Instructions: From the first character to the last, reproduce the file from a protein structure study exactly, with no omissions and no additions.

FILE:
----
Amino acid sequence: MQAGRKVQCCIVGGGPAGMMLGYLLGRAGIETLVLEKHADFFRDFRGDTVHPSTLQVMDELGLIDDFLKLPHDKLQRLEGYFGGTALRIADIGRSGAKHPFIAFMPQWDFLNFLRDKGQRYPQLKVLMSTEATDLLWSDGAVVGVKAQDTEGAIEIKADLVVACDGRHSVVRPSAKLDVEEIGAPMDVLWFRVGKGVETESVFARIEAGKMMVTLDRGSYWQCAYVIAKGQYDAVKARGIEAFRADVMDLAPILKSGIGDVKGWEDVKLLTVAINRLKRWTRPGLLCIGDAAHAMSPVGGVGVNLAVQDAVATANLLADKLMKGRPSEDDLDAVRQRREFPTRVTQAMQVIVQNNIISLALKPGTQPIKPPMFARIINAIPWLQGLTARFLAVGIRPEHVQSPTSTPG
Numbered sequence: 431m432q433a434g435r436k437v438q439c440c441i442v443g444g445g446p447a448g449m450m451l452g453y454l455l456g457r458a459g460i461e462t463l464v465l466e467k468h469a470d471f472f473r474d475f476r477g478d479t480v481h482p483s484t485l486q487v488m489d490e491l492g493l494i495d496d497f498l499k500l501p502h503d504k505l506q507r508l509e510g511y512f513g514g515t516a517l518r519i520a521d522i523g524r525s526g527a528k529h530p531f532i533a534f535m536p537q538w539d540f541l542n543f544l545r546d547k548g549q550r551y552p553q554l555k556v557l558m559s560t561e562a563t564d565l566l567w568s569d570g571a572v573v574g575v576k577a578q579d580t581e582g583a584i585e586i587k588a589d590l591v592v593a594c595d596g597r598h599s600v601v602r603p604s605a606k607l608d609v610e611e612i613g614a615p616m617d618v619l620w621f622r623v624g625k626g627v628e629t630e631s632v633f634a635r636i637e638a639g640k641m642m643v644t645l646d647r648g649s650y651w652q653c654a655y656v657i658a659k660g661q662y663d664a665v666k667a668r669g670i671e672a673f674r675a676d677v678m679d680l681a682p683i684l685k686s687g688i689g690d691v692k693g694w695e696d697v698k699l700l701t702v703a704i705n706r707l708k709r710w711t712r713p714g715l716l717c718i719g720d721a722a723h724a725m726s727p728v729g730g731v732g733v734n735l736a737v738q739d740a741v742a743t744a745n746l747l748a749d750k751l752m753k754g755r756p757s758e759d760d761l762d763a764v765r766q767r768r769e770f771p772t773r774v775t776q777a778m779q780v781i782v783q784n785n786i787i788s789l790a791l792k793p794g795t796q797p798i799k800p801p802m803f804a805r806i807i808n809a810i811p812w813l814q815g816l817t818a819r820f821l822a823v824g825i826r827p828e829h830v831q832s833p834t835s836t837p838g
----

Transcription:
Amino acid sequence: MQAGRKVQCCIVGGGPAGMMLGYLLGRAGIETLVLEKHADFFRDFRGDTVHPSTLQVMDELGLIDDFLKLPHDKLQRLEGYFGGTALRIADIGRSGAKHPFIAFMPQWDFLNFLRDKGQRYPQLKVLMSTEATDLLWSDGAVVGVKAQDTEGAIEIKADLVVACDGRHSVVRPSAKLDVEEIGAPMDVLWFRVGKGVETESVFARIEAGKMMVTLDRGSYWQCAYVIAKGQYDAVKARGIEAFRADVMDLAPILKSGIGDVKGWEDVKLLTVAINRLKRWTRPGLLCIGDAAHAMSPVGGVGVNLAVQDAVATANLLADKLMKGRPSEDDLDAVRQRREFPTRVTQAMQVIVQNNIISLALKPGTQPIKPPMFARIINAIPWLQGLTARFLAVGIRPEHVQSPTSTPG
Numbered sequence: 431m432q433a434g435r436k437v438q439c440c441i442v443g444g445g446p447a448g449m450m451l452g453y454l455l456g457r458a459g460i461e462t463l464v465l466e467k468h469a470d471f472f473r474d475f476r477g478d479t480v481h482p483s484t485l486q487v488m489d490e491l492g493l494i495d496d497f498l499k500l501p502h503d504k505l506q507r508l509e510g511y512f513g514g515t516a517l518r519i520a521d522i523g524r525s526g527a528k529h530p531f532i533a534f535m536p537q538w539d540f541l542n543f544l545r546d547k548g549q550r551y552p553q554l555k556v557l558m559s560t561e562a563t564d565l566l567w568s569d570g571a572v573v574g575v576k577a578q579d580t581e582g583a584i585e586i587k588a589d590l591v592v593a594c595d596g597r598h599s600v601v602r603p604s605a606k607l608d609v610e611e612i613g614a615p616m617d618v619l620w621f622r623v624g625k626g627v628e629t630e631s632v633f634a635r636i637e638a639g640k641m642m643v644t645l646d647r648g649s650y651w652q653c654a655y656v657i658a659k660g661q662y663d664a665v666k667a668r669g670i671e672a673f674r675a676d677v678m679d680l681a682p683i684l685k686s687g688i689g690d691v692k693g694w695e696d697v698k699l700l701t702v703a704i705n706r707l708k709r710w711t712r713p714g715l716l717c718i719g720d721a722a723h724a725m726s727p728v729g730g731v732g733v734n735l736a737v738q739d740a741v742a743t744a745n746l747l748a749d750k751l752m753k754g755r756p757s758e759d760d761l762d763a764v765r766q767r768r769e770f771p772t773r774v775t776q777a778m779q780v781i782v783q784n785n786i787i788s789l790a791l792k793p794g795t796q797p798i799k800p801p802m803f804a805r806i807i808n809a810i811p812w813l814q815g816l817t818a819r820f821l822a823v824g825i826r827p828e829h830v831q832s833p834t835s836t837p838g